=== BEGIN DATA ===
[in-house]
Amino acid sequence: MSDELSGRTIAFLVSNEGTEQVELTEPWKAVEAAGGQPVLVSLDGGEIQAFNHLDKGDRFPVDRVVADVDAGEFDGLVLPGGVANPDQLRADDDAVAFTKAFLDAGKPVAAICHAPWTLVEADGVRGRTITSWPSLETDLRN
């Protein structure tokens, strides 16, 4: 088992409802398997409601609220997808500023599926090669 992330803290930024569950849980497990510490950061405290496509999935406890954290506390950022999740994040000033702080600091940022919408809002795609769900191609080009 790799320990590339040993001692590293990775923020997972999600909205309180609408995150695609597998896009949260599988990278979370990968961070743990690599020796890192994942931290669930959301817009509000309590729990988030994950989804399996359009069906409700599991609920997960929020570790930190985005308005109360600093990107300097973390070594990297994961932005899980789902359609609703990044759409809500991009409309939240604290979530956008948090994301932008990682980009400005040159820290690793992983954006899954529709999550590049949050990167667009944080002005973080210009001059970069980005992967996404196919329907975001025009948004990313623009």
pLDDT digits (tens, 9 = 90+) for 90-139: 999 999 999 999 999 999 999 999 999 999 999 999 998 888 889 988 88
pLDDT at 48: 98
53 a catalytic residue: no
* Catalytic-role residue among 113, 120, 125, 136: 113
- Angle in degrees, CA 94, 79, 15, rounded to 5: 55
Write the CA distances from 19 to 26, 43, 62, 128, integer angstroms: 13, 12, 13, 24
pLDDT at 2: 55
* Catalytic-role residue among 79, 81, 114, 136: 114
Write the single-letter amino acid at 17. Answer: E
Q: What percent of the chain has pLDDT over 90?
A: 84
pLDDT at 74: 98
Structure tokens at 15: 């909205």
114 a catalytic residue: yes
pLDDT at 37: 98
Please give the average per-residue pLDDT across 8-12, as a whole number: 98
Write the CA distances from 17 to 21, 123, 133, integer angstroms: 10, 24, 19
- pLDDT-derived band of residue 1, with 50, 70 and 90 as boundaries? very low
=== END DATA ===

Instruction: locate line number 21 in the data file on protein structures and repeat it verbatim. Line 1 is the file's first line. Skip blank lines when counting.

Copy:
- pLDDT-derived band of residue 1, with 50, 70 and 90 as boundaries? very low